4.1.1 Service layer

Service Provides functionality to access and synchronize against non-local state Used by Model, Controller and Command. Never by View. Typical Examples Access to database, Docker, svn, git, JSON serialization, REST client, process management.

Domain Model objects

In some cases, the model or part of the model must be made persistent (for example, to disk, or to a database) to be restored at a later stage. Persistency layer: sometimes it is considered part of the Model, but not necessarily

Which component should be responsible for the persistence? The most natural strategy is to let the model know how to store and retrieve itself from disk or database. This is a popular solution and goes by the name of “ActiveRecord”. It is simple to use and understand, relatively flexible and intuitive, but it’s not without limitation.

The first, and biggest limitation is that it favors strong coupling between the model and the IO strategy: abandoning the local disk storage in favor of a remote database will force us to reimplement the IO strategy of all the model objects;

A second problem is that Model objects lifetime is related to the storage backend. This makes testing the Model much harder, because the storage backend must be fully functional, or mocked;

The final problem of this approach is that, if the Model is fully in control of its persistence strategy, the client code cannot decide differently, for example, if it wants to store the model object somewhere else.

An alternative strategy is to delegate persistence to the Controller. The controller holds a reference to the model, and to a Storage subsystem. In response to proper trigger events, the controller can pick the relevant model objects and push them to the storage subsystem. This strategy has a few advantages: the model objects are lighter and know nothing of storage strategies, which can now be changed freely by using a different Storage service, potentially to a mock object during testing. The main disadvantage is that the additional flexibility requires more a complicated interaction. The storage can also be in charge of additional tasks, such as search and filtering of model objects, or creation (factory) of new objects, which the storage inserts into the database and hands out to the controller.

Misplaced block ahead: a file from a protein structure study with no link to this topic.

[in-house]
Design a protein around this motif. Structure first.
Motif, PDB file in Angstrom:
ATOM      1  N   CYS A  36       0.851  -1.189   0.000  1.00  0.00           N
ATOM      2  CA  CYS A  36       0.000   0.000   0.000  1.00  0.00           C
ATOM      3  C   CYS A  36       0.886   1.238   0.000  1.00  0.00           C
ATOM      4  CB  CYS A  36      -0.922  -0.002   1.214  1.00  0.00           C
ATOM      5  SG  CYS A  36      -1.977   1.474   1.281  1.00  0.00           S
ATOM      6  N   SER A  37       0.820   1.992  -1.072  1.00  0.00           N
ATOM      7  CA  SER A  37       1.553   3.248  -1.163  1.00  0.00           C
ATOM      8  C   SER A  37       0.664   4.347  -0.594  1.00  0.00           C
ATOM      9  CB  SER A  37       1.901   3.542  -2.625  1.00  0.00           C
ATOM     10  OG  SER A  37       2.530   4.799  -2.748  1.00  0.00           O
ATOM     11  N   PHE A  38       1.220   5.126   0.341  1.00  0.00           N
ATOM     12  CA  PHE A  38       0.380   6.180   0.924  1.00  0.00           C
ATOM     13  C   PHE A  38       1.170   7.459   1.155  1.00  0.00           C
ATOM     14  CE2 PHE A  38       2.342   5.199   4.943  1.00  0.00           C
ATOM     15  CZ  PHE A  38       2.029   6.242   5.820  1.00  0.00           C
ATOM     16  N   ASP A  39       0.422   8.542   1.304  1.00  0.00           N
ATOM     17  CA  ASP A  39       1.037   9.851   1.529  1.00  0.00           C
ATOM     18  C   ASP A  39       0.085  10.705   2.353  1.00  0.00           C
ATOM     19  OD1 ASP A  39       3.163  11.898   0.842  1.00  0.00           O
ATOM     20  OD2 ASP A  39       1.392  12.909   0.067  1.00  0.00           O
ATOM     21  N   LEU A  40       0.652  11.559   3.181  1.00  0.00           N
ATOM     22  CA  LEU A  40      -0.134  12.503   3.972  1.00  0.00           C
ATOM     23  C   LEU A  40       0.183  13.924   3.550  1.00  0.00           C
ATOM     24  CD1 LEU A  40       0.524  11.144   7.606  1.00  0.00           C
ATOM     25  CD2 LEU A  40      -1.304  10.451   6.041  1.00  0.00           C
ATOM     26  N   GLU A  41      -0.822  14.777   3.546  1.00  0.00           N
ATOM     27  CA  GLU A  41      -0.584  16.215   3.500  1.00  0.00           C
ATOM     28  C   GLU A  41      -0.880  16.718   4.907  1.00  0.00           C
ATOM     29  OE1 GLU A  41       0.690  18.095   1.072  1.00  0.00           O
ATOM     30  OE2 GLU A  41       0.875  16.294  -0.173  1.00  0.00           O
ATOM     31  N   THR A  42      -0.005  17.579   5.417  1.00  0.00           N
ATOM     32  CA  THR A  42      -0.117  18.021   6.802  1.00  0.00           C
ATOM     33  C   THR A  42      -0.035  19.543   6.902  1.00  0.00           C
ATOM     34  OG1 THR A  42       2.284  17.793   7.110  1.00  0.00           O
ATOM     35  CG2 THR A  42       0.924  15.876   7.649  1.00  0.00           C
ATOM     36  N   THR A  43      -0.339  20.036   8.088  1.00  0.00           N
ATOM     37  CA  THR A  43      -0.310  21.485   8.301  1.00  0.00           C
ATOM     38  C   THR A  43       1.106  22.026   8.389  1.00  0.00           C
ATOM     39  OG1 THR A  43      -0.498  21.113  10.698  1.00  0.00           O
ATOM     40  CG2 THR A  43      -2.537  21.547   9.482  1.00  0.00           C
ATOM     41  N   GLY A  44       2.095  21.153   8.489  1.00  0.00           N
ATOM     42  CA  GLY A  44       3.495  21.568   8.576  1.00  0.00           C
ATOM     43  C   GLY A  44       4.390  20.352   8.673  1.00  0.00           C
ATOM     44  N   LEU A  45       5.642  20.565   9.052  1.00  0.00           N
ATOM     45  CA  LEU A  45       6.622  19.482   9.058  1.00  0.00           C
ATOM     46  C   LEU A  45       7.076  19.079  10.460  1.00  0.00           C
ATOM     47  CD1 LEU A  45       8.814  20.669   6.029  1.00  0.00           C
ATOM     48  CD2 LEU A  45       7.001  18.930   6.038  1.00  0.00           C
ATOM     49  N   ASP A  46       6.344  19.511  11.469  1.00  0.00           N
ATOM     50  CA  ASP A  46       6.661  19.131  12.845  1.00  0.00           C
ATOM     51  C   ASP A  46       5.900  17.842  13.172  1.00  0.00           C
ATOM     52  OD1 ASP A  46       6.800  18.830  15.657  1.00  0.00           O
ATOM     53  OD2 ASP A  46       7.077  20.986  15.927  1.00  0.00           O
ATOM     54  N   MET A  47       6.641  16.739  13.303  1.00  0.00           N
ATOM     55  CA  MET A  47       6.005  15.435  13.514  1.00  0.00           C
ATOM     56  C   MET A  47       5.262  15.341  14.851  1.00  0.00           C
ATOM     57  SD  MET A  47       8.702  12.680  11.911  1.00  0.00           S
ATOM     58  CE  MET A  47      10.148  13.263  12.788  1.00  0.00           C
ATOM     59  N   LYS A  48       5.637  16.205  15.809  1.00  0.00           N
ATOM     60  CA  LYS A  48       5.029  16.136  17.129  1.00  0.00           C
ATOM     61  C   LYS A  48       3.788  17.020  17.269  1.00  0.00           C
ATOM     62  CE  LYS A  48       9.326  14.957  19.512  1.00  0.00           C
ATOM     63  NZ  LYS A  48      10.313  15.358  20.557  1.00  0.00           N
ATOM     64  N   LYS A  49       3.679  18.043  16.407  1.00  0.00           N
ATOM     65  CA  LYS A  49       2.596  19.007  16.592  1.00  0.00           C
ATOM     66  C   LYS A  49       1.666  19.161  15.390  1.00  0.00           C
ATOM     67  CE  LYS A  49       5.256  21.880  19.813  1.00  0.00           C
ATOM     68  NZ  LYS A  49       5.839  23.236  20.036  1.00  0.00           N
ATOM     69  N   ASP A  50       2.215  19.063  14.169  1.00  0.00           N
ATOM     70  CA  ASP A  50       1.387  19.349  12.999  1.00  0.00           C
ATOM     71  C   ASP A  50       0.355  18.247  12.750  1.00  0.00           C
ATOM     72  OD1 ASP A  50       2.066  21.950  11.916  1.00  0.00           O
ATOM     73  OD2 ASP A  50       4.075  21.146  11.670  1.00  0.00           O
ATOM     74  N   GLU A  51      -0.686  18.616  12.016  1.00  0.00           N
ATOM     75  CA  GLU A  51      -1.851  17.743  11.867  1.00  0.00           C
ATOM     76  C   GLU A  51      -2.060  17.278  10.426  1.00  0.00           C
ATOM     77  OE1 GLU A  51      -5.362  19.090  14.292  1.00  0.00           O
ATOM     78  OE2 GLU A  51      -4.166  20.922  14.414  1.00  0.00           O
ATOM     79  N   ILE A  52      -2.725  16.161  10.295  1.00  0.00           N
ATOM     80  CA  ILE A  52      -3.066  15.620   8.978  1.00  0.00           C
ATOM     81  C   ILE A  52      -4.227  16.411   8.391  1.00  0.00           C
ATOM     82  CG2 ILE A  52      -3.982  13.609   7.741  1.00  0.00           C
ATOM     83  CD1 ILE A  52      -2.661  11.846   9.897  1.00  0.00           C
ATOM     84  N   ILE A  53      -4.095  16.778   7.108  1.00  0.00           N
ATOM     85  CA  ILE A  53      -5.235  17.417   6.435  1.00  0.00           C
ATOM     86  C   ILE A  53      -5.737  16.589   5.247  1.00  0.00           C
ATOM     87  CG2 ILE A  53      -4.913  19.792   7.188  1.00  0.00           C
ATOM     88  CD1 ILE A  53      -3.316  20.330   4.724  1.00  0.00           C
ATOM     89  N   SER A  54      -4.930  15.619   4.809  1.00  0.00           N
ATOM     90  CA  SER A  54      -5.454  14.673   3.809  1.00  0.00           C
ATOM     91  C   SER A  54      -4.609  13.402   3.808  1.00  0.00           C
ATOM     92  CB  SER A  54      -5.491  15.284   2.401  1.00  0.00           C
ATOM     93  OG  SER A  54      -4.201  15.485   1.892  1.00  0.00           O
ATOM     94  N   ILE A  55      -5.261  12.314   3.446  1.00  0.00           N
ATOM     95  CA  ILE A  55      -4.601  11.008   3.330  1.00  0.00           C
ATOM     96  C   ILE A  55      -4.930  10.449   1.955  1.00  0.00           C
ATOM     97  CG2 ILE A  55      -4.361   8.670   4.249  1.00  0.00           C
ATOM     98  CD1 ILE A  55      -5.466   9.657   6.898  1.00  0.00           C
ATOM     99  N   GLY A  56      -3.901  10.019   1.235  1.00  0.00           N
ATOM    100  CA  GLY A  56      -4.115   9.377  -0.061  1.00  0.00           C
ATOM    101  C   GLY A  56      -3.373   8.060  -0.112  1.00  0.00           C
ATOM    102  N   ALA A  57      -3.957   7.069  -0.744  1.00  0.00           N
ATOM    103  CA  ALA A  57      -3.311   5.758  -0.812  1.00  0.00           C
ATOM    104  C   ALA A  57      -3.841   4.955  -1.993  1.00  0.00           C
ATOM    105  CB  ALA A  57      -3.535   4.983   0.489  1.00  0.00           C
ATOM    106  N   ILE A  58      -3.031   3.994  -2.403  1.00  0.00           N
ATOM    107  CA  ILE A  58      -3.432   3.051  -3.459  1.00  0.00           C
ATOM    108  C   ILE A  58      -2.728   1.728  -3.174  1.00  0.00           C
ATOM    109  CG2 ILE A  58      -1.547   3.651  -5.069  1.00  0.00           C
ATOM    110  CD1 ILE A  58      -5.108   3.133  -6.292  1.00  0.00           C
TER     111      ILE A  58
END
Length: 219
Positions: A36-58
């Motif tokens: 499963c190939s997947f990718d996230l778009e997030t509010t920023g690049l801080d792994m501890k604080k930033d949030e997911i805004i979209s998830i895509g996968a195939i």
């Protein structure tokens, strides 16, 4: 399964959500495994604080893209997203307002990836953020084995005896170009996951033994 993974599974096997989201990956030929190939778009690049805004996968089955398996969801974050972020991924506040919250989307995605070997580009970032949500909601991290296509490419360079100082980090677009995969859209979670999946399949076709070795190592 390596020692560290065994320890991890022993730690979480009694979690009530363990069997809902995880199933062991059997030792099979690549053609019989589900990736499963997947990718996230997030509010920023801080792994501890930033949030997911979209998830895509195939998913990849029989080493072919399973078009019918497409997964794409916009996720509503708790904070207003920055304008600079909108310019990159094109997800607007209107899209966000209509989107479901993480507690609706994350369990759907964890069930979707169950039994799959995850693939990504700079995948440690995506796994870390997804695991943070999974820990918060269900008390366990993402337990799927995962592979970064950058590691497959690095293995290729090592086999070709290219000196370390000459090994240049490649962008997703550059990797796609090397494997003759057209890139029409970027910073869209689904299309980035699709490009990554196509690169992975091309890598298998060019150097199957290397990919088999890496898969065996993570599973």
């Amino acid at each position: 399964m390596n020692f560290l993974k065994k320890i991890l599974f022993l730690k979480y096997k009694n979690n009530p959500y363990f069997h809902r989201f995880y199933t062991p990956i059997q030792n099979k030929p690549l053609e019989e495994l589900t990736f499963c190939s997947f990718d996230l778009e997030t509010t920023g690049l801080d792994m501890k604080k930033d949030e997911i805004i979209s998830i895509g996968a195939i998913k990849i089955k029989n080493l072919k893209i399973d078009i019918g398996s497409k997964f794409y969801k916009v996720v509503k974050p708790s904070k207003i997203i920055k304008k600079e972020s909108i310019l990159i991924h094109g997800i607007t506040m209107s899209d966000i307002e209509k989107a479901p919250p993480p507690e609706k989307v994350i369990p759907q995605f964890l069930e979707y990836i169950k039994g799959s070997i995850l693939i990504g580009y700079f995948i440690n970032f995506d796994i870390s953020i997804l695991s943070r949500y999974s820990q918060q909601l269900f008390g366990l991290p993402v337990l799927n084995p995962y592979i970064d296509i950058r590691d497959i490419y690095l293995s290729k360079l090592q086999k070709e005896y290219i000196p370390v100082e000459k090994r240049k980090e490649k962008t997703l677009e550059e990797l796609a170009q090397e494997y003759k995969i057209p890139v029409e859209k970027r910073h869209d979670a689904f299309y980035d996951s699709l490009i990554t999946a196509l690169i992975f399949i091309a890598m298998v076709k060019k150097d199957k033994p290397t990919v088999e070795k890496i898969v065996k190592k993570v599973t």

When it comes to data formats, there are many options, from the very simple CSV to the more complex like databases. A simple choice can be a nosql database, or a tinysql. Regardless of your choice, it’s important you version your objects. The object is generally serialized in a stream of bytes and written to disk. Recovery implies de-serialization of the byte string, and reconstruction of the object last state.

ORM models

The model can be distributed over a network and accessed through proxy classes with none or minor changes to the remaining protagonists.

Persistency layer: aimed exclusively at services for persistence of models (so that they don’t contain this logic themselves)

Not all Model objects are the same. We can generally distinguish three subclassifications of the Model layer:

- Service Model (Domain Model): the actual part of the Model that describes the
  business rules and objects.
- Data access: responsible for serialization and deserialization of the
  Service Model objects and persistence.
- Value Objects: data objects with particular characteristics so that
  their equivalence depends on their value, rather than their identity.

Keeping the application functionality fully supported by the model allows scriptability. The Model can be modified programmatically with a script that replaces the user interaction.